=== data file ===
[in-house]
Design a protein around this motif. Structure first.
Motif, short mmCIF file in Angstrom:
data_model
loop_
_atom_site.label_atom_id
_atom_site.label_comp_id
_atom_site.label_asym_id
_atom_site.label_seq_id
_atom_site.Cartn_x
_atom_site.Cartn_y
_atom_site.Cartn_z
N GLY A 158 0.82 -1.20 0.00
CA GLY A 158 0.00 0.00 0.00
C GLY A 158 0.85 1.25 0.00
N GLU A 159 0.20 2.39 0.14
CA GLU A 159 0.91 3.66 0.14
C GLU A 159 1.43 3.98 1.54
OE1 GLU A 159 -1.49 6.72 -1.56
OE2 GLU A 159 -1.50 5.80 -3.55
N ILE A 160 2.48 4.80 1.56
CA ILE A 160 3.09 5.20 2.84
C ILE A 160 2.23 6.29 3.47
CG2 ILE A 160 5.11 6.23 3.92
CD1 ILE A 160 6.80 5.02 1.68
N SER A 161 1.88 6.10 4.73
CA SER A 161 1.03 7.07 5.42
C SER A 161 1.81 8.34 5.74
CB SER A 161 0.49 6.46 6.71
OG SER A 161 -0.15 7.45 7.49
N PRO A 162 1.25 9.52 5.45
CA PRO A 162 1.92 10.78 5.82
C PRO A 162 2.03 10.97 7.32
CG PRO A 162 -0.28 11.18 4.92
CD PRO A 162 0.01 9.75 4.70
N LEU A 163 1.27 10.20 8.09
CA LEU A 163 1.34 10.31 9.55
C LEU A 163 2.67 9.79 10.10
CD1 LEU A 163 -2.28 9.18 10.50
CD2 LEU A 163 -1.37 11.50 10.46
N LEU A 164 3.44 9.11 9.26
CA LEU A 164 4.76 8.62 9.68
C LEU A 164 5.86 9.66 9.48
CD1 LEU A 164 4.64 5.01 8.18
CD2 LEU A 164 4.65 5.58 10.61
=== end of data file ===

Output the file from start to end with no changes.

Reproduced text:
[in-house]
Design a protein around this motif. Structure first.
Motif, short mmCIF file in Angstrom:
data_model
loop_
_atom_site.label_atom_id
_atom_site.label_comp_id
_atom_site.label_asym_id
_atom_site.label_seq_id
_atom_site.Cartn_x
_atom_site.Cartn_y
_atom_site.Cartn_z
N GLY A 158 0.82 -1.20 0.00
CA GLY A 158 0.00 0.00 0.00
C GLY A 158 0.85 1.25 0.00
N GLU A 159 0.20 2.39 0.14
CA GLU A 159 0.91 3.66 0.14
C GLU A 159 1.43 3.98 1.54
OE1 GLU A 159 -1.49 6.72 -1.56
OE2 GLU A 159 -1.50 5.80 -3.55
N ILE A 160 2.48 4.80 1.56
CA ILE A 160 3.09 5.20 2.84
C ILE A 160 2.23 6.29 3.47
CG2 ILE A 160 5.11 6.23 3.92
CD1 ILE A 160 6.80 5.02 1.68
N SER A 161 1.88 6.10 4.73
CA SER A 161 1.03 7.07 5.42
C SER A 161 1.81 8.34 5.74
CB SER A 161 0.49 6.46 6.71
OG SER A 161 -0.15 7.45 7.49
N PRO A 162 1.25 9.52 5.45
CA PRO A 162 1.92 10.78 5.82
C PRO A 162 2.03 10.97 7.32
CG PRO A 162 -0.28 11.18 4.92
CD PRO A 162 0.01 9.75 4.70
N LEU A 163 1.27 10.20 8.09
CA LEU A 163 1.34 10.31 9.55
C LEU A 163 2.67 9.79 10.10
CD1 LEU A 163 -2.28 9.18 10.50
CD2 LEU A 163 -1.37 11.50 10.46
N LEU A 164 3.44 9.11 9.26
CA LEU A 164 4.76 8.62 9.68
C LEU A 164 5.86 9.66 9.48
CD1 LEU A 164 4.64 5.01 8.18
CD2 LEU A 164 4.65 5.58 10.61